Daddy Long Legs “Street Sermons”

Yep Roc Records, 2023

Riotous harmonica-driven rhythm and blues.

Cover art for the Daddy Long Legs album "Street Sermons"This is the fourth studio album from Daddy Long Legs who describe themselves as “New York City’s most diabolical Rhythm and Blues street gang” and say that the album “represents a wellspring of bottled-up feelings and emotions that need to be taken to the streets”.

After seeing the grainy black and white photo on the cover of the album, with singer Brian Hurd wearing a jacket and a tie, thoughts of Dr Feelgood and particularly frontman Lee Brilleaux come flooding into your mind. This connection is heard throughout the record which is full of energetic harmonica-driven rock n’roll. The band have played alongside Wilko Johnson, who is a great hero to them. The word “raw” is often used in reviews, but this album really is raw – it is hard to think AUK will review a more primal record this year.

When Hurd moved to New York, he started playing harmonica on the streets and at house parties. He met guitarist Murat Acturk in the famous New York club CGBGs which was at the heart of the New York punk explosion years earlier. They met drummer Josh Styles when he was DJing at another club and the trio bonded over a love of “unhinged rock n’ roll and rural rhythm and blues music”.

The best track on the album is the excellent ‘Nightmare’ with a B52s vibe and a fantastic chant-along chorus that sticks in the memory. New wave legend Wreckless Eric adds backing vocal on this and another track, ‘Silver Satin’. If there were still a Top Thirty, ‘Nightmare’ would definitely smash through into it. In a similar vein is the catchy ‘Been a Fool Once’.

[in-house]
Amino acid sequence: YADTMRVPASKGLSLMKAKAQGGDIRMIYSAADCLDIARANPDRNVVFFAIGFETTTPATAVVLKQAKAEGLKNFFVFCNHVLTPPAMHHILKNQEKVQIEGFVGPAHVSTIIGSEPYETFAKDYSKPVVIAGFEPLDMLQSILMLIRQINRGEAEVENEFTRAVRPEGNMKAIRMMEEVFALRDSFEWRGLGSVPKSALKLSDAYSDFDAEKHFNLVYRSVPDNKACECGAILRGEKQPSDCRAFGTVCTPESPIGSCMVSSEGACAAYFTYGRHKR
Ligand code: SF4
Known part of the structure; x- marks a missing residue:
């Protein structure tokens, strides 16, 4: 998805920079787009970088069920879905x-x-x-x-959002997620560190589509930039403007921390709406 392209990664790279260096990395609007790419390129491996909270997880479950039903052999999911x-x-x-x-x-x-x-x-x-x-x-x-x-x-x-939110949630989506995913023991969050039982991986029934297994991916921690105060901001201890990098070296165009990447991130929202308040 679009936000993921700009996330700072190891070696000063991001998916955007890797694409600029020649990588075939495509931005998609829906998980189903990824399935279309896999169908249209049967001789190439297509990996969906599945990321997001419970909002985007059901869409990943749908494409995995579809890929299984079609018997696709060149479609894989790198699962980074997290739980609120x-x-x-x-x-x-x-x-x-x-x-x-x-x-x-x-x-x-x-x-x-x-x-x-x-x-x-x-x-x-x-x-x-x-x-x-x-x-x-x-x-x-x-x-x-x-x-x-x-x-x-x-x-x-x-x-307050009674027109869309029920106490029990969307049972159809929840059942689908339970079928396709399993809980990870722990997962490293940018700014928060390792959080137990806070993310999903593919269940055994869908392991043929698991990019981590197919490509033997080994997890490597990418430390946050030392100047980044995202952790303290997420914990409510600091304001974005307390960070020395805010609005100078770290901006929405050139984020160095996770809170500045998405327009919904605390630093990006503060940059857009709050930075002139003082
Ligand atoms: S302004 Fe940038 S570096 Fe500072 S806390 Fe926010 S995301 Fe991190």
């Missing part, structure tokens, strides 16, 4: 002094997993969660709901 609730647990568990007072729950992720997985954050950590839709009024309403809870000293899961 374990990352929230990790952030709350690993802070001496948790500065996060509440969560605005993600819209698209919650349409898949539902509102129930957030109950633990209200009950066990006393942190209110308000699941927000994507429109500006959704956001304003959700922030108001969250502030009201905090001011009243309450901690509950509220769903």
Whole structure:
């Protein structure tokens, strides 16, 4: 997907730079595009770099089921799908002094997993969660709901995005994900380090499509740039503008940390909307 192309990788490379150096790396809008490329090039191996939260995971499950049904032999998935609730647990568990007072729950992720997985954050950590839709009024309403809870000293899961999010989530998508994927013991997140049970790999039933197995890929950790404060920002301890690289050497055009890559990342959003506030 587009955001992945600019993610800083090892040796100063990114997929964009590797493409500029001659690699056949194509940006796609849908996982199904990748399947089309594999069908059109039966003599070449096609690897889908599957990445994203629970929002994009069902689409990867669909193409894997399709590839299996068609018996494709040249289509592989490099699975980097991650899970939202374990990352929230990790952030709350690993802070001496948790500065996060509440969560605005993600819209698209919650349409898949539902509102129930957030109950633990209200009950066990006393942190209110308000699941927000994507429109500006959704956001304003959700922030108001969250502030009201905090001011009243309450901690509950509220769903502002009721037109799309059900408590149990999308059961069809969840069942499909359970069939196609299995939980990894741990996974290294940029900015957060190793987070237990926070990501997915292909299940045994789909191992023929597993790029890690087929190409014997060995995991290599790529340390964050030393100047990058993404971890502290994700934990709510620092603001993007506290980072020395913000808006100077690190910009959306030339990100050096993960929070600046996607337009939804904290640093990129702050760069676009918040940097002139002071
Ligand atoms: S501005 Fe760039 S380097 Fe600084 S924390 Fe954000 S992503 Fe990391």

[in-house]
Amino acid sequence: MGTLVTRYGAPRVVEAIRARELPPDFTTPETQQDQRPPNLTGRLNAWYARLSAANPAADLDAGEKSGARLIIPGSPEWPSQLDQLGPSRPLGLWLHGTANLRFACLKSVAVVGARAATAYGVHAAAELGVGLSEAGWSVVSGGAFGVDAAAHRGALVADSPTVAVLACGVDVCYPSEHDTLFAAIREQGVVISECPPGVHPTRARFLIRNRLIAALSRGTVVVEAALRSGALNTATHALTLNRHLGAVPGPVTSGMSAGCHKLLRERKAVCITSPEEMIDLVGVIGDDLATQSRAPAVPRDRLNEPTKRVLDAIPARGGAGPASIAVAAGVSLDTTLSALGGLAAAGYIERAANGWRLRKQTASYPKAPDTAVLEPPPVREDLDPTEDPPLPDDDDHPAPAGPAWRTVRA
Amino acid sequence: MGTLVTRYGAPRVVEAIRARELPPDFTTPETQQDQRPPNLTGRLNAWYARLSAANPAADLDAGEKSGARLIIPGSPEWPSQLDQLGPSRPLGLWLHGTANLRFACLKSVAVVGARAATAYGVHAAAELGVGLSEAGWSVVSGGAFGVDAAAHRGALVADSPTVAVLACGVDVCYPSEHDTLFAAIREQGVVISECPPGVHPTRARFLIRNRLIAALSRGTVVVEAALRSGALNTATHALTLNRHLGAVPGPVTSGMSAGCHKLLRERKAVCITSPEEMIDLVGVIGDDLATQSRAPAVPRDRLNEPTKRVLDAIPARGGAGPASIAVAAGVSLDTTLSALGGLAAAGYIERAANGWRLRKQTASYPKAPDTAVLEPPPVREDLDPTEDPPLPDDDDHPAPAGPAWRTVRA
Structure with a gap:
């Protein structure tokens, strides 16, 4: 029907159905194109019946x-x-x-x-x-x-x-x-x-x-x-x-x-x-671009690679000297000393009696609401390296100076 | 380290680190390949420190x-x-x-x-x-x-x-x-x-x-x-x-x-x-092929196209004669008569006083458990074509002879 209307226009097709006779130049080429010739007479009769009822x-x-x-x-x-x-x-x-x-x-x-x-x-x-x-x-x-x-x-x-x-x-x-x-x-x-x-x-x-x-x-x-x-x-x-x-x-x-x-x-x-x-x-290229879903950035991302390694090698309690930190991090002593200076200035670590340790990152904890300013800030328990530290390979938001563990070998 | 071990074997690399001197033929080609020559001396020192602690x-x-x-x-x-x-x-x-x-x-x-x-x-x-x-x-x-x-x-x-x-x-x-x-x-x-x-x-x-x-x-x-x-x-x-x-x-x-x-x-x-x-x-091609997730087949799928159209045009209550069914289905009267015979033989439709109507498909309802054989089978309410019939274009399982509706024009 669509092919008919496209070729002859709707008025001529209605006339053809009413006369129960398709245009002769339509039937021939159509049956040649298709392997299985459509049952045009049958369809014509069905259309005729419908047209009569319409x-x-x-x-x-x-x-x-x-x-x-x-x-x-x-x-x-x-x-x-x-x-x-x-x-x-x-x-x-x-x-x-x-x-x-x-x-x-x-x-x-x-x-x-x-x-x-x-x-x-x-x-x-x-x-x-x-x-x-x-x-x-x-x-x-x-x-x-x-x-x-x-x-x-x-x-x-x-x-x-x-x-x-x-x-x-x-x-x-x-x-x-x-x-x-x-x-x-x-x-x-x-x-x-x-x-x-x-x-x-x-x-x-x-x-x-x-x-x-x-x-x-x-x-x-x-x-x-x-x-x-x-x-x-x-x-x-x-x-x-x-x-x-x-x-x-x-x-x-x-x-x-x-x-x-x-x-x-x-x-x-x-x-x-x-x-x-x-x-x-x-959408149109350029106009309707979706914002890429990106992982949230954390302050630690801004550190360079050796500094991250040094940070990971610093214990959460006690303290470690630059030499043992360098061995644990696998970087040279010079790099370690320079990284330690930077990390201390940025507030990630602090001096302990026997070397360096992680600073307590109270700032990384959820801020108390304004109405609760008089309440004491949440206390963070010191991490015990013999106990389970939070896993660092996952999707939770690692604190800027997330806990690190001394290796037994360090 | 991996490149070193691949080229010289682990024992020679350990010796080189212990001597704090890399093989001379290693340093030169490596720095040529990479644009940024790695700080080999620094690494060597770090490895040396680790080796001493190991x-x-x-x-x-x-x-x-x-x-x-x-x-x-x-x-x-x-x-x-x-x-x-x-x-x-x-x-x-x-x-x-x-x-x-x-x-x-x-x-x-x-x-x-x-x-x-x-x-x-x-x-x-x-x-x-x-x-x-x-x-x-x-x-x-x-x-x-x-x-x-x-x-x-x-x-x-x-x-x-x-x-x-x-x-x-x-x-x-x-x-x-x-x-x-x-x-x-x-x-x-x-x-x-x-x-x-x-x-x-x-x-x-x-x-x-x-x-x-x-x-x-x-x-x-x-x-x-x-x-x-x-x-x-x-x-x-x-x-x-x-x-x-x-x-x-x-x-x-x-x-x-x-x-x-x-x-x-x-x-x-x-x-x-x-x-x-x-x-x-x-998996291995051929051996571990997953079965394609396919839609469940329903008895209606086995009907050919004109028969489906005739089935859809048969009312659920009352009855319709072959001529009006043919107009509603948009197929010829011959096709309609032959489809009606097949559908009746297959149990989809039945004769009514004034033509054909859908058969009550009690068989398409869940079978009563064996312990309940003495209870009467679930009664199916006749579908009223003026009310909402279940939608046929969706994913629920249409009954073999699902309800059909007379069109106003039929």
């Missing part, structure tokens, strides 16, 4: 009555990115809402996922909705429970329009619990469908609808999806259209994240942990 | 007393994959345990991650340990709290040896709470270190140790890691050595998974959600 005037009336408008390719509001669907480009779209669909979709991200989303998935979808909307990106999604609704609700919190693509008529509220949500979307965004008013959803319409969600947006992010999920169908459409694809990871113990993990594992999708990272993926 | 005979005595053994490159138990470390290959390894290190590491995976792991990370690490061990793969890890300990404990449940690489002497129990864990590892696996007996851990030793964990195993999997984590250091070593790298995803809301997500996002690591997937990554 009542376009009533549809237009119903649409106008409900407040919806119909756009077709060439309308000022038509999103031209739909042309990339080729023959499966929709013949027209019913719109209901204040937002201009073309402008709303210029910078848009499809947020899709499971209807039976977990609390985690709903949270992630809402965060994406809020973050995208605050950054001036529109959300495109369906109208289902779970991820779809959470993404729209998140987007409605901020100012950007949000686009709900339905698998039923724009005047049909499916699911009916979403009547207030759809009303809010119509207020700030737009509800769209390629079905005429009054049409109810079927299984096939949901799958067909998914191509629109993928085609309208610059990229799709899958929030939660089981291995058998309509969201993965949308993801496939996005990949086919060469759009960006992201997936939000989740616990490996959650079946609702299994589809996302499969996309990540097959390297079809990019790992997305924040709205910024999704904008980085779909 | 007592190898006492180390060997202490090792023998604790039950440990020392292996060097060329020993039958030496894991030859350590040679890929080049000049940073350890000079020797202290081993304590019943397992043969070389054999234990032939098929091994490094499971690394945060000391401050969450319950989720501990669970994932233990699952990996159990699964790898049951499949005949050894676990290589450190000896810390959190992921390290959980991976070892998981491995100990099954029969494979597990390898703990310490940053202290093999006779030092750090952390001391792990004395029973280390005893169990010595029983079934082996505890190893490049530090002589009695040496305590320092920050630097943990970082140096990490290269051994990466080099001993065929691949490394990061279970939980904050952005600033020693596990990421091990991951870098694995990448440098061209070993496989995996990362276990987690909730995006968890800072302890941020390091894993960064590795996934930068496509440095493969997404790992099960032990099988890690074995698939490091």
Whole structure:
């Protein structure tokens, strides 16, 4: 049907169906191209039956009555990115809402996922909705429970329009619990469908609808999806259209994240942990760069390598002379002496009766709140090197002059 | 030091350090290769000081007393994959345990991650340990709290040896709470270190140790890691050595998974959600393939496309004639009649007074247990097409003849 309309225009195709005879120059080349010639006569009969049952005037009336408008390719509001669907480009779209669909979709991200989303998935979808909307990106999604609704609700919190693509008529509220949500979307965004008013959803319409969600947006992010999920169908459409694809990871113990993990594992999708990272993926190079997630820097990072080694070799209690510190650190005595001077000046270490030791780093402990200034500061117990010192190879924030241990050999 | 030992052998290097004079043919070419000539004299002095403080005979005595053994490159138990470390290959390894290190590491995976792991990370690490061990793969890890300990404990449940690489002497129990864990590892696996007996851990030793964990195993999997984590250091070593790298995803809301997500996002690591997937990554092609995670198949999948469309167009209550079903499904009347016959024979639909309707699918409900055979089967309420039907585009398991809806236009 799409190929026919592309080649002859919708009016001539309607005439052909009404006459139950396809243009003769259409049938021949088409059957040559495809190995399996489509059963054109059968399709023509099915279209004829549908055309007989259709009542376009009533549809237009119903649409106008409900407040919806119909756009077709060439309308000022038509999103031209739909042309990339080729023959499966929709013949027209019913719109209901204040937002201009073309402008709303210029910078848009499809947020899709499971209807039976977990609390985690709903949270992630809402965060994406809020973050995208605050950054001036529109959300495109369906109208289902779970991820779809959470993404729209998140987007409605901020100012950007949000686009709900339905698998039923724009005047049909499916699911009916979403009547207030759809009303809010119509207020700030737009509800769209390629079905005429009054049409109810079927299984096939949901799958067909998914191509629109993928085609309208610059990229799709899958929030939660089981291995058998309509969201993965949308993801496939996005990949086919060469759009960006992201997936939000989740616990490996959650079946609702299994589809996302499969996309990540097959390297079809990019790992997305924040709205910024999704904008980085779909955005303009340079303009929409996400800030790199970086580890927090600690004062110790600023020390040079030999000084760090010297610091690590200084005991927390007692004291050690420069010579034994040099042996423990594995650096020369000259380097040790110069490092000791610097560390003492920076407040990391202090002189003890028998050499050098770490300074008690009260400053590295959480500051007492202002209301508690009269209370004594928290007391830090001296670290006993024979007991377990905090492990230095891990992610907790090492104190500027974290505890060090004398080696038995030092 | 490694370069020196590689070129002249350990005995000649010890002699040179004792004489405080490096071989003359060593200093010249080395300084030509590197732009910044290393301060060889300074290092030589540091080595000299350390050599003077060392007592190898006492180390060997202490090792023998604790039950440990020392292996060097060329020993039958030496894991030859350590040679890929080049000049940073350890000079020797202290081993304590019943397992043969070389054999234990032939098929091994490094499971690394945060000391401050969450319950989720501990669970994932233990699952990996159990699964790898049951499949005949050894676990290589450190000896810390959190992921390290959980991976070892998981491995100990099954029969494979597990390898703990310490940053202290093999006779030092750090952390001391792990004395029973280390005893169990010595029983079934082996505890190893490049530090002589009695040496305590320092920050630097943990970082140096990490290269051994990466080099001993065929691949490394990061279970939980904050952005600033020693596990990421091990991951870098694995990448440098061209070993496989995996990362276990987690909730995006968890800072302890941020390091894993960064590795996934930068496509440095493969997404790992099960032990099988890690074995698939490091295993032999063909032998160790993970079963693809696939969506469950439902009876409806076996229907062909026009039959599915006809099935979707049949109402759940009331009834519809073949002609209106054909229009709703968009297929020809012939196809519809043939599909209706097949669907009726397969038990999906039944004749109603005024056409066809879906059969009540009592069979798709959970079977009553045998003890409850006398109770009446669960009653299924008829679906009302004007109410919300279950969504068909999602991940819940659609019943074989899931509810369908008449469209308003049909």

Other notable tracks are the poppier ‘Star’, and ‘Silver Satin’ with its jungle beat and reverb guitar. ‘Stop What You’re Doing’ includes bluesy slide-guitar and ‘Electro-motive Blues’ has a Johnny Cash shuffle and a train whistle. ‘Ding-Ding Man’, with Lovin’ Spoonful’s John Sebastian contributing, has a ragtime feel and a banjo playing.

The lyrics are generally in a straightforward rock n’roll style, but that’s okay on this good-time record. Hurd does show his idealistic side on ‘Street Sermon’ where he writes “Work with one another/ not against each other” and ‘Nightmare’ was written after Hurd woke up sweating in the middle of the night in lockdown, despairing at the state of the world.

The band has a reputation for being brilliant live and have toured with groups such as Hurray For The Riff Raff, The Jon Spencer Blues Explosion and The Damned. It is easy to see why they might be kindred spirits with The Damned and Hurd sounds like The Damned’s Dave Vanian at times.

No Depression said that their previous album was ‘clearly made by people who live for rock n’roll’ and the band’s great passion for it shines through here, too.


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